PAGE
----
Suffering from a sleeping disorder is quite common nowadays. In fact, did you know that nearly 25 million American adults suffer from sleep apnea regularly? Medically known as OSA (obstructive sleep apnea), this condition can take a serious toll on the patient’s quality of life, inducing discomfort and a myriad of health problems. While CPAP therapy has shown its healing benefits over the years, too often, people fail to get the right kind of mask to go with their machine for maximum efficacy. If you suffer from this ailment, worry no more.
This dedicated guide explores the topic of sleep apnea and CPAP therapy with an emphasis on the types of CPAP masks, how to use them, and what you can expect from them.
Obstructive Sleep Apnea Defined
OSA is a widespread condition. In simple terms, afflicted patients experience difficulties keeping steady breathing during their sleep. At fault is the relaxing of the muscles located at the back of the throat; when this occurs, the airways narrow and air can hardly pass through, causing oxygen insufficiency. The person suddenly awakens from their sleep, choking and gasping for air. Depending on the severity, this pattern can take place up to 30 times per hour.
How CPAP Therapy Works
However impairing OSA may be, fortunately, several modern therapies have proven their effectiveness to date; the most popular being continuous positive airway pressure (CPAP). It uses a machine linked to a flexible tube and a face apparatus (face mask, nasal plug) to deliver constant air pressure. A CPAP helps patients maintain steady breathing and keeps their airways open to prevent interruptions during sleep. Because the lungs are continuously oxygenated, OSA patients can regain peaceful, quality sleep.
The Different Types of CPAP Masks
The style of mask a person wears with their CPAP machine matters greatly. Choosing the wrong type can promote discomfort while sleeping, a sense of bulkiness, and hinder the positive effects of CPAP therapy. As the sleep experts at https://snoozeez.com/ explain, CPAP face apparatuses come in various forms to cater to different breathing habits and the type of sleep apnea in question. Size, face shape, and sleeping habits are also important to factor in. While consulting a specialist and doing online research is essential, we’ve highlighted the three main categories of masks available on the market below:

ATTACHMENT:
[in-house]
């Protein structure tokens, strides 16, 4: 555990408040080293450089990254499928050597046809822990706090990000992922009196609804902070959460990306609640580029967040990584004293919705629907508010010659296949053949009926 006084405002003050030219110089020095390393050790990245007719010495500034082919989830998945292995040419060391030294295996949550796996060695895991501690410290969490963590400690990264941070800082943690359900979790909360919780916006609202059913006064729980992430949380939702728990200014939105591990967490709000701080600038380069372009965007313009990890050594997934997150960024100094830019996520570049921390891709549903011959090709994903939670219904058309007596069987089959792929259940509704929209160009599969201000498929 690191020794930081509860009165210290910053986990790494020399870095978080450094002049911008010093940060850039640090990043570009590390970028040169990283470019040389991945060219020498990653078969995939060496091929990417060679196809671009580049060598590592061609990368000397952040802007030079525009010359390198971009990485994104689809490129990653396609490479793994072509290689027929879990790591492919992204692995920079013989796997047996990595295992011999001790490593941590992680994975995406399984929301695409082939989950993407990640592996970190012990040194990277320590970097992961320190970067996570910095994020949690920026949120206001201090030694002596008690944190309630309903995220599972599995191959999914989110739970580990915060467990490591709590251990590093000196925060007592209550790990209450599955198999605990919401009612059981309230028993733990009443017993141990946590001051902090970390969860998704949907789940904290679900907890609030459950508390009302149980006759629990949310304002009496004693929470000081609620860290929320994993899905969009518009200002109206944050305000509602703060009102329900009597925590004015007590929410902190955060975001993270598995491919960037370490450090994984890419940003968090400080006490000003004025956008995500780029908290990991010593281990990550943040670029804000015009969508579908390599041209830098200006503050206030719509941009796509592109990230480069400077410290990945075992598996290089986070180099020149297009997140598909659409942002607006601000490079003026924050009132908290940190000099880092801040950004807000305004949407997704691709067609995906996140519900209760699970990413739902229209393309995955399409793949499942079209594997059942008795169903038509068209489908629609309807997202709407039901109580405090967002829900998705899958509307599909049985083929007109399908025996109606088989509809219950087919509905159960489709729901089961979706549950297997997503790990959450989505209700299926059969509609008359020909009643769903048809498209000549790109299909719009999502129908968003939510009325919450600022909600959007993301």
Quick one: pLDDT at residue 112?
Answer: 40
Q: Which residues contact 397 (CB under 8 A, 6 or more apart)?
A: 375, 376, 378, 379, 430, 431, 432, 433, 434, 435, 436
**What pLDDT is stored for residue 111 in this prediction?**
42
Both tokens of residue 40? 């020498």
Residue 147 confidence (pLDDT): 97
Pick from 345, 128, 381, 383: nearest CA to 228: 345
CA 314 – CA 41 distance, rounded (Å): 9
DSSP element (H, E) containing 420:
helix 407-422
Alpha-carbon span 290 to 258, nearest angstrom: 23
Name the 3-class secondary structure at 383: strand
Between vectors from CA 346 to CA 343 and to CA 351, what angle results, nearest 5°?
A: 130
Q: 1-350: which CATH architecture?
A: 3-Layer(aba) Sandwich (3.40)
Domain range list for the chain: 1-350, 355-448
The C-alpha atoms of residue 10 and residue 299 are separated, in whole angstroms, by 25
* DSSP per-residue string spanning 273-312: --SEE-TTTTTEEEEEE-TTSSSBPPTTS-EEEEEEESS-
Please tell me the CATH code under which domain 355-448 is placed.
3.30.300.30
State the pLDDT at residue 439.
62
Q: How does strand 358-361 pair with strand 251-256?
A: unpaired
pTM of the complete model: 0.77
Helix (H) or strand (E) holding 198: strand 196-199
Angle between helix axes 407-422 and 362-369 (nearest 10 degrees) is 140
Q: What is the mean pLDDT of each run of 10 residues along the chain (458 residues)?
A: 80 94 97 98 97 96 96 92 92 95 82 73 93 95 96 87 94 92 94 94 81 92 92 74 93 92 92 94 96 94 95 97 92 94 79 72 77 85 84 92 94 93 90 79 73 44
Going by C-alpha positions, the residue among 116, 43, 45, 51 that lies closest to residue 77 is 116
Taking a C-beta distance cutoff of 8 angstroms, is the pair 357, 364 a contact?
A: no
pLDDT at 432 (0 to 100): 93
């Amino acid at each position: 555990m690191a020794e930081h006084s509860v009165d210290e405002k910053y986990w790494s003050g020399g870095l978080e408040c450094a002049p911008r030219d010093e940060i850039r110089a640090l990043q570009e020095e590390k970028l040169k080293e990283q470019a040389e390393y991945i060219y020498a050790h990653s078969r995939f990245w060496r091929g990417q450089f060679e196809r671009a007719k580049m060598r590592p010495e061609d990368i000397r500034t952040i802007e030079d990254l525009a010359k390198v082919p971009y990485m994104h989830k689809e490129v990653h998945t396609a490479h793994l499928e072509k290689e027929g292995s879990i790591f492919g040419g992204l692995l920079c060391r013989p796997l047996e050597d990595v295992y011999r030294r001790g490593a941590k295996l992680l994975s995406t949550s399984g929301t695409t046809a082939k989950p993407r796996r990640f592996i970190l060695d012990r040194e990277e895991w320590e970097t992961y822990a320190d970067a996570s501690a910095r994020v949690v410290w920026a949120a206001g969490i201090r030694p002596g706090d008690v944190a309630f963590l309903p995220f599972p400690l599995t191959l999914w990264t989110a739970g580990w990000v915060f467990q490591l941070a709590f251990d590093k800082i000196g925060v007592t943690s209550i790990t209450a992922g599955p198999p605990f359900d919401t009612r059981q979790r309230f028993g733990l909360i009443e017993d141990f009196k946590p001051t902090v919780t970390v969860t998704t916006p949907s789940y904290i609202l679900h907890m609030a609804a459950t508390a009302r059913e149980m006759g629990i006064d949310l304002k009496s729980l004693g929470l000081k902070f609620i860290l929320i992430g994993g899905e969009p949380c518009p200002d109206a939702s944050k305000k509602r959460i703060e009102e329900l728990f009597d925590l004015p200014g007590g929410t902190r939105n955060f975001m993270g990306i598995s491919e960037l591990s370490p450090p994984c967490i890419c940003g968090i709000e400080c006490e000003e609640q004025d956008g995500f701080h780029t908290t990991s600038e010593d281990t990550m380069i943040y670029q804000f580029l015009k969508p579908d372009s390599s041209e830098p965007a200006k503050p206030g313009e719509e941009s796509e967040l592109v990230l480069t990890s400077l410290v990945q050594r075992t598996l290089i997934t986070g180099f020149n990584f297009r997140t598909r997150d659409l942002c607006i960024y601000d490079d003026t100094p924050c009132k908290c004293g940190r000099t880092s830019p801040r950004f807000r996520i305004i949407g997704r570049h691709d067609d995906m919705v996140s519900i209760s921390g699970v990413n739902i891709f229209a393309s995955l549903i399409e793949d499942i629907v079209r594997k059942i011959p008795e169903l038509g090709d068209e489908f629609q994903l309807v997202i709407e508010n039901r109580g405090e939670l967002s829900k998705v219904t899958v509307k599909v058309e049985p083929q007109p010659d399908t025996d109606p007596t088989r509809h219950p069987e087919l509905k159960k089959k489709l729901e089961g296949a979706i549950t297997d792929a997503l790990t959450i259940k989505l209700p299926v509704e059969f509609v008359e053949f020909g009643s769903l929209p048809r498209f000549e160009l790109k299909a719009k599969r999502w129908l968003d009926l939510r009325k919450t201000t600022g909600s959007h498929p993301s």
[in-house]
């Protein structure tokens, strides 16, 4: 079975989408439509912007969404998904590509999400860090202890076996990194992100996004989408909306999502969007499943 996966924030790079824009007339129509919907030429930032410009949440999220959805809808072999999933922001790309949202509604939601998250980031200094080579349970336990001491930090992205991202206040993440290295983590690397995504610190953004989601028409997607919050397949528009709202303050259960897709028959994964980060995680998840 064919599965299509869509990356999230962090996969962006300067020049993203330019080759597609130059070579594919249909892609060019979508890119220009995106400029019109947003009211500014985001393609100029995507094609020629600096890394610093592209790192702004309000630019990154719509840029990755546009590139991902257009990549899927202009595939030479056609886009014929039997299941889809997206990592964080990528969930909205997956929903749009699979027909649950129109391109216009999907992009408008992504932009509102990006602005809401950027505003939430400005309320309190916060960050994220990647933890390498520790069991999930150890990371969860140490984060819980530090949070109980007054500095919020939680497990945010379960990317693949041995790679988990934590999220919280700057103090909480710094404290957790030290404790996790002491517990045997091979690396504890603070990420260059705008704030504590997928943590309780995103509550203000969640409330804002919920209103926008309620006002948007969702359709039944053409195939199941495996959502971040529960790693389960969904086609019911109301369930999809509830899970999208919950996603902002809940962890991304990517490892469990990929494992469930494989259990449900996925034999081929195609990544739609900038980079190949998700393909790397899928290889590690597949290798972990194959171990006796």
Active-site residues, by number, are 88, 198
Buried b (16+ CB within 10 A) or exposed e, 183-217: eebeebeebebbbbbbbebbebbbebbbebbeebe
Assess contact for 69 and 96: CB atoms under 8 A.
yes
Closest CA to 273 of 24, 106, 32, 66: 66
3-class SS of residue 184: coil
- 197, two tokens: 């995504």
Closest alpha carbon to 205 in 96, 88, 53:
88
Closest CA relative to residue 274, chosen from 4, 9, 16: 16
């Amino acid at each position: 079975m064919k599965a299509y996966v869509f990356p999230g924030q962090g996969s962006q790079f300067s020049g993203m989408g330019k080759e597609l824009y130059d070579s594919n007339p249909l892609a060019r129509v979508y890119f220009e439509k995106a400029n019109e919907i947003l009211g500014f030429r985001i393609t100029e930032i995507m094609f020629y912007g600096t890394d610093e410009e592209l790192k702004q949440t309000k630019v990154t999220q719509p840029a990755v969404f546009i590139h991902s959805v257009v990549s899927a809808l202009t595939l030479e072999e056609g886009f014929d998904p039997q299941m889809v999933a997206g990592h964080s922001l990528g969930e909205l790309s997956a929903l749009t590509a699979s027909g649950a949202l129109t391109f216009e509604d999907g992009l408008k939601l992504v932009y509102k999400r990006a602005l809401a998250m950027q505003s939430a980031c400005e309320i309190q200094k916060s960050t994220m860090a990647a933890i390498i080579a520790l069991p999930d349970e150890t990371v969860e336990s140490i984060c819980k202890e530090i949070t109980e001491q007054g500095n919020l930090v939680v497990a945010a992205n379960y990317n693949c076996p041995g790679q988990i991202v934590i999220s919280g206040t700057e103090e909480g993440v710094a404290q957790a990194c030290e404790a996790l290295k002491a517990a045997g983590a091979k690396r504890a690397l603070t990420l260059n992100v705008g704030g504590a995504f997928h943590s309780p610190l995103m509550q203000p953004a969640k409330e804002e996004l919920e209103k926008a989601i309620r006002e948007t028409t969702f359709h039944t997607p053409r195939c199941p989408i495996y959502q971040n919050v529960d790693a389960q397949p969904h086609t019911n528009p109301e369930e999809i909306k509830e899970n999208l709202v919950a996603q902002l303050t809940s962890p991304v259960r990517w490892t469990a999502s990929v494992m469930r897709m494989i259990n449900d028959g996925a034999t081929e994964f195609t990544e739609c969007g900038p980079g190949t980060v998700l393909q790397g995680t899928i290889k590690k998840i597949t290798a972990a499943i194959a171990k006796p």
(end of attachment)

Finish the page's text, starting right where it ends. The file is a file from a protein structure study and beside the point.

Full Face Masks
A full face mask is a triangle-shaped one that entirely covers the mouth and nose. Typically, they’re prescribed to patients who have trouble breathing through both openings during sleep to maximize oxygenation. People who experience nose blockages can benefit immensely from this type; on the downside, it can be quite bulky, so it’s more suitable for steady, back sleepers.
As the name suggests, nasal masks only cover the nose area. They’re cushioned for optimal comfort and stability, and can be used by patients with fidgety sleep. A nasal mask comes equipped with straps around the back of the head or ears for steadiness.
Nasal Pillow Masks
A nasal pillow mask is perhaps the least invading and most affordable type of CPAP mask; it’s easily worn with glasses and won’t bother patients with beards. It also may come with prongs to fit into the nostrils for maximum snugness, and will satisfy those who switch positions during their slumber. In the end, some testing and comparing is in order to select the most fitting CPAP therapy mask. Be sure to conduct some research and find reliable sources to guide your choice.
Advantages and Results
A recent study has suggested that over 8 out of 10 OSA patients, with varying degrees of severity, do experience immediate improvements during their sleep with a CPAP machine. Wearing the right type of mask every night promotes the elimination of breathing obstructions and snoring, improves sleep quality by a significant margin, lowers blood pressures, and prevents daytime drowsiness.
Lastly, but importantly, wearing a CPAP mask does have its disadvantages. For a number of patients, it’s a difficult adjustment to be able to sleep properly with a mask, sometimes causing insomnia or difficulty finding sleep. Others might have trouble tolerating forced air through their mouth and/or nose. Nevertheless, with adequate apparatus and air pressure, wearing a CPAP mask should be a breeze!
All things considered, it’s fair to say that dealing with obstructive sleep apnea is no easy feat. That said, people who’ve undergone CPAP therapy swear by this method; they can expect drastic improvements in their respiratory patterns and much better sleep quality. It all boils down to the severity of the condition, and of course, which type of CPAP mask you wear. As such, never wait to seek professional help.